Spanton Jarman Project – Background to the Collection
This unique collection of over 4000 glass negatives is the work of four generations of commercial photographers working in Bury St Edmunds from the 1860s to the 1930s.
The first of these, William Spanton, had established his ‘Repository of Arts and West Suffolk Photographic establishment’ at 16 Abbeygate Street by 1864. As well as his artistic and photographic work he was also a house decorator, plumber, glazier, carver, gilder and painter. However, he soon gave up his other concerns, except framing and gilding, to concentrate on the photographic work. Sadly, he died at the age of 47 in January 1870.
His son, William Silas Spanton, who was then an art student in London, returned to Bury to take over the business which he ran successfully until his retirement in 1901. As well as photography, he retained his interest in art and gained a reputation as a copyist, producing copies of many pictures in local collections. He also had a good business as an optician.
Meanwhile, other local photographers, John William Clarke and his son, John Palmer Clarke had established their business on Angel Hill, and in 1890 engaged Harry Isaac Jarman as an apprentice.
After qualifying, Harry remained with John Palmer Clarke until the retirement of William Spanton in 1901. At this point, Harry purchased the Spanton business and its extensive collection of negatives. Soon afterwards, in 1903, he was also able to buy Clarke’s collection of negatives, depicting local views in West Suffolk, when that firm moved to Cambridge.
Harry died in 1961, by which time the business was being conducted by his son Oswald G Jarman. Oswald was a member of the Past & Present Society and served on the committee for many years. On his retirement in 1975 a large number of the early glass negatives were deposited with the Suffolk record office and have remained stored in environmentally controlled conditions in the Bury St Edmunds branch to this day. They give a fascinating glimpse into life in Bury St Edmunds and some of the smaller towns and villages across the county from the early days of photography.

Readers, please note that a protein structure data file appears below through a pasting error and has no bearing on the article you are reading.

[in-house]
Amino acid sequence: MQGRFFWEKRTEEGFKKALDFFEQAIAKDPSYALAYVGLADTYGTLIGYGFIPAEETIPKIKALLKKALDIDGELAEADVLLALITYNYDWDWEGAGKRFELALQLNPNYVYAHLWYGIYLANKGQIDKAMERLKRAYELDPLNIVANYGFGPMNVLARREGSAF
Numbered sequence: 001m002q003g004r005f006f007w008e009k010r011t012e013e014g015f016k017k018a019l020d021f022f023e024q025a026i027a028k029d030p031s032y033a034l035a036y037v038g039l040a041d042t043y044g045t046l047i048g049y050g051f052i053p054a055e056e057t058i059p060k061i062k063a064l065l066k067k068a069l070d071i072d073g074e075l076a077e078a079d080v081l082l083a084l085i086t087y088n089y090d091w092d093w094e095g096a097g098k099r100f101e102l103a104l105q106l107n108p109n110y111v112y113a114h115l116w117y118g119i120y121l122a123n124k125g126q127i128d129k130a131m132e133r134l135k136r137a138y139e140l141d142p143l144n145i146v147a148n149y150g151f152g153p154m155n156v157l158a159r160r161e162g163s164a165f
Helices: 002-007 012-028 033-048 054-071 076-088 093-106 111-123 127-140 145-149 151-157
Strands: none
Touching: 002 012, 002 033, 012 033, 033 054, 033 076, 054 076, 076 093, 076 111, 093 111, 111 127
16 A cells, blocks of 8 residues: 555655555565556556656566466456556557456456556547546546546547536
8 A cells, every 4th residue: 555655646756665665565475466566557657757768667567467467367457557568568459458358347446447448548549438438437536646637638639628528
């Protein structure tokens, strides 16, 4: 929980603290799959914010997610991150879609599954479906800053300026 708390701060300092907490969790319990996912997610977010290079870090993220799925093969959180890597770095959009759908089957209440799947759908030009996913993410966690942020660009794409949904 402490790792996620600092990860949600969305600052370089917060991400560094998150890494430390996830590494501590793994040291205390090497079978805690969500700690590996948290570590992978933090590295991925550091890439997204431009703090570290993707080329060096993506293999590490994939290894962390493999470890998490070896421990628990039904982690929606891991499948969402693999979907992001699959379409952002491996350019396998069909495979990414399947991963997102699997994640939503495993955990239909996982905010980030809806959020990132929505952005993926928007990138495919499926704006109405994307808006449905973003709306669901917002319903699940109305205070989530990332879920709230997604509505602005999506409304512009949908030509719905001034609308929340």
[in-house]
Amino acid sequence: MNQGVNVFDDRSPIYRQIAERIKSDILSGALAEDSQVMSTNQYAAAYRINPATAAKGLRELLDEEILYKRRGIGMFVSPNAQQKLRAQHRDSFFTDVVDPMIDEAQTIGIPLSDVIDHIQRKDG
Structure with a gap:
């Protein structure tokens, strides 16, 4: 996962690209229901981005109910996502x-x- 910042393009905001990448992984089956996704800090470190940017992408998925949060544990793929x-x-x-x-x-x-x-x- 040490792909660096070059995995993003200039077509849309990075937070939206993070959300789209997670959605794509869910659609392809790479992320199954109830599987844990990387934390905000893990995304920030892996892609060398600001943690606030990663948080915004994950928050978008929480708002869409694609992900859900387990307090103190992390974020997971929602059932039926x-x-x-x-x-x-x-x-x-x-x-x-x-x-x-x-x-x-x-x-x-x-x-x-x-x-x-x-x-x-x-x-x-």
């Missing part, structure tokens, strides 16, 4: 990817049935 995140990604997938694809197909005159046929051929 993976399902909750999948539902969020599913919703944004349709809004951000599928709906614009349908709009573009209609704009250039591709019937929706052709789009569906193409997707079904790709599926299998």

In 1997 Oswald Jarman’s son Michael donated the collection to the Past and Present Society, with a request that members do all they could to preserve it as a unique source of local history and make it more widely available to the public. The Society successfully bid for lottery funding to clean, repackage and digitise the first 1000 negatives. A team of volunteers wrote captions for many of these, each conducting their own research, and we are grateful to local historians Margaret
Statham and Clive Paine for the helpful guidance they provided as we embarked upon the project.
Over the years we have continued to seek funding for the remains 3000 negatives and are working to ensure that all the images are correctly displayed on this website and in a prominent place in the record office. Our aim is to ensure that all images have accurate titles and brief descriptive captions.
If you wish to comment on the photographs, or offer support with sponsorship or captions, please email us at this special address.
Betty Milburn is the project co-ordinator, assisted by Patricia Mackie and Andrew Norburn (as webmaster)
Bury Record Office staff have encouraged and supported our work. Top Dog Digital has created the website.
CAPTIONS – Can you help?
Our small team of volunteers has been busy researching material in the record office to create captions for many of these images.
There is still more work to do.
If you would like to help with this task, or have any further information regarding any of the the photographs, please get in touch by using the ‘Comments’ tag.
To Order a Digital Copy
Bury Past & Present Society owns the copyright of these Spanton Jarman images. Digital copies can be provided by Suffolk Archives for a small fee. Please enter your details in the link at the bottom of each image and the Suffolk Archives will be in touch with you.